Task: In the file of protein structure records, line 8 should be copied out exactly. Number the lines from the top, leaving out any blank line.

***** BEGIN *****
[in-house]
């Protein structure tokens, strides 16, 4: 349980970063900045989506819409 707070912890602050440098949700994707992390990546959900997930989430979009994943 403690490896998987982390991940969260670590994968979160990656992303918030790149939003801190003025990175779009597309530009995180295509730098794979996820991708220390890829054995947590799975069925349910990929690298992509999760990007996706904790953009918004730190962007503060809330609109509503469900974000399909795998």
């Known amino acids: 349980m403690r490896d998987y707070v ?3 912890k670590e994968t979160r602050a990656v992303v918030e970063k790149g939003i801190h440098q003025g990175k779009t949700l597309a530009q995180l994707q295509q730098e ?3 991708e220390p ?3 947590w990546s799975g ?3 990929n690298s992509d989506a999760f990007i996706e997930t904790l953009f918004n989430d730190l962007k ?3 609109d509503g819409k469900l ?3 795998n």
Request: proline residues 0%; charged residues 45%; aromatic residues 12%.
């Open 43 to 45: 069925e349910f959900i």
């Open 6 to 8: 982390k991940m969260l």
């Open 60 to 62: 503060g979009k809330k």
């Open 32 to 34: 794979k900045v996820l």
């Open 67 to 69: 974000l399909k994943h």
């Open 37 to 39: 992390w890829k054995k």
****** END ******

């Open 32 to 34: 794979k900045v996820l």